The Institute continues as it is its tradition: improvement, innovation, changing to meet its members’ needs, always true to its traditions, always.

This is an edited version of a compilation by Felix Da Costa for a brochure marking the Institute’s Centenary.

Sir Ali bin Salim’s sword
The sword had been presented to him by George Acuilar Lawrence and Colonel E.T.H. Hutton in gratitude for his courage, resource and sympathy evinced when their brother Captain Frederick Eyre Lawrence of the Rifle Brigade was shot in a skirmish at a place called Mgobani on October 16, 1895 while on special service. Sir Ali was also made a patron of the Institute.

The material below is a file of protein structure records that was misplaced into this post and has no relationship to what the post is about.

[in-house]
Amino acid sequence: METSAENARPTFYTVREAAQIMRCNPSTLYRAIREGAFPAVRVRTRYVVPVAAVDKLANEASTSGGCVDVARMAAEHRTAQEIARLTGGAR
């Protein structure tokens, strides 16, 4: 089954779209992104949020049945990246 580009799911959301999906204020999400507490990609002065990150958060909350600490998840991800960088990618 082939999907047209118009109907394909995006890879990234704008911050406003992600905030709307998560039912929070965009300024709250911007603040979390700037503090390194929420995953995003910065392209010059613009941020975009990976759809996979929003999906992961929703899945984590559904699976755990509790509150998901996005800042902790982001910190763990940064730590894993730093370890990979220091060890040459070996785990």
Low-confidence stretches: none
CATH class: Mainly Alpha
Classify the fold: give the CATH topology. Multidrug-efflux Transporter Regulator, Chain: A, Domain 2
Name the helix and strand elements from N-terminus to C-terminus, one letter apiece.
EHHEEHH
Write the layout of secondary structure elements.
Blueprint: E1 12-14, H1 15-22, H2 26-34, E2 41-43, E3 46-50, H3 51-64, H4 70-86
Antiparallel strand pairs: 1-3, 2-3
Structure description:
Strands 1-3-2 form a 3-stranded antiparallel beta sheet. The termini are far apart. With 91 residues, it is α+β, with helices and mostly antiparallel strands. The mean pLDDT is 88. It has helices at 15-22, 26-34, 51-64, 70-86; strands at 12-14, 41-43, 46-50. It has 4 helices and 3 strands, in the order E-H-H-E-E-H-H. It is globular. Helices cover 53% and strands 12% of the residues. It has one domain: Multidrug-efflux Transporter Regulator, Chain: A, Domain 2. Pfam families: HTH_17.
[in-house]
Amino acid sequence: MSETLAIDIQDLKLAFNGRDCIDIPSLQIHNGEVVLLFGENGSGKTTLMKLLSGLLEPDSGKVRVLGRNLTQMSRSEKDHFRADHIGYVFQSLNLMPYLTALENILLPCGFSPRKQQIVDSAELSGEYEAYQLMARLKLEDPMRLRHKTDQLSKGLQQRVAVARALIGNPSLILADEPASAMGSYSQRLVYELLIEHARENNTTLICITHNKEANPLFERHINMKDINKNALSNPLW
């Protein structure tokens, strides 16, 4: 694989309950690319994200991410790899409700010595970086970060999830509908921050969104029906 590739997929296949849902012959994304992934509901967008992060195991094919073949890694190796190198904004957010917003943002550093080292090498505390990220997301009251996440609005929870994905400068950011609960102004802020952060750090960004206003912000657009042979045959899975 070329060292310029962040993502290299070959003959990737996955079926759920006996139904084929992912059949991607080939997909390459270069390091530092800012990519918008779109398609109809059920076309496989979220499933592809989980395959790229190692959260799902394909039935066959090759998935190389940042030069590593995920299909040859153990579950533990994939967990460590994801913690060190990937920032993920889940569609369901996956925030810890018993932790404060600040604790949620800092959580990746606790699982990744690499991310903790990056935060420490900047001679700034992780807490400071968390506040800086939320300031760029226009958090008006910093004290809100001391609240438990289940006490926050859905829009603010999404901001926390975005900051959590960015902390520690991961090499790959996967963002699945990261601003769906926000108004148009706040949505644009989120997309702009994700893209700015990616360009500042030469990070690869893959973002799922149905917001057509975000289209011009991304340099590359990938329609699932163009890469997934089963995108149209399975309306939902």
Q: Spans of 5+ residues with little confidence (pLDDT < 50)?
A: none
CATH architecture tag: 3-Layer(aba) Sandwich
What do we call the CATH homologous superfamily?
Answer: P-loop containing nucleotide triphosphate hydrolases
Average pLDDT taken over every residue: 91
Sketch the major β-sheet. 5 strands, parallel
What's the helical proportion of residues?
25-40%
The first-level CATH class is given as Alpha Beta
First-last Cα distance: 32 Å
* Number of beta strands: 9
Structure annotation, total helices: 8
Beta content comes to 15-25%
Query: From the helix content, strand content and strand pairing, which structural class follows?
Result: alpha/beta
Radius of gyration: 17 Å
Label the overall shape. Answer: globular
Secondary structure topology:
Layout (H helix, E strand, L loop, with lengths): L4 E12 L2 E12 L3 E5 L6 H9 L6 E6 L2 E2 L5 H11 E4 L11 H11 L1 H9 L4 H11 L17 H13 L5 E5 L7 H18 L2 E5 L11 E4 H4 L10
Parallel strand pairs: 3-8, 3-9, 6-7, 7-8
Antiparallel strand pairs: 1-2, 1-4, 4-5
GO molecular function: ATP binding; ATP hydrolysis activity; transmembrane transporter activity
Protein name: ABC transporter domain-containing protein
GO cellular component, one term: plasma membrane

Cyprian Fernandes: The vanishing tribe: How Canada welcomed Goan refugees


DISPLACED PEOPLE RE-SETTLED SUCCESSFULLY

BY  ARMAND RODRIGUES

Remember the burly, self-appointed African leader who gave himself a plethora of honorific titles, bedecked himself with an array of medals, and kept the severed head of an "enemy" as a prized trophy in his fridge?   Yes, he was also responsible for killing off thousands of his countrymen, including some of his well-educated Ministers who he saw as a threat to his grave educational deficiencies or to his brute power. Also, when Britain refused to pander to his wishes for financial aid, he got some naive Britishers to carry him on their shoulders in a parade, and embarrassed Britain by captioning the photo “White Man's Burden”!    In case you have forgotten, he was none other than the infamous Idi Amin of Uganda.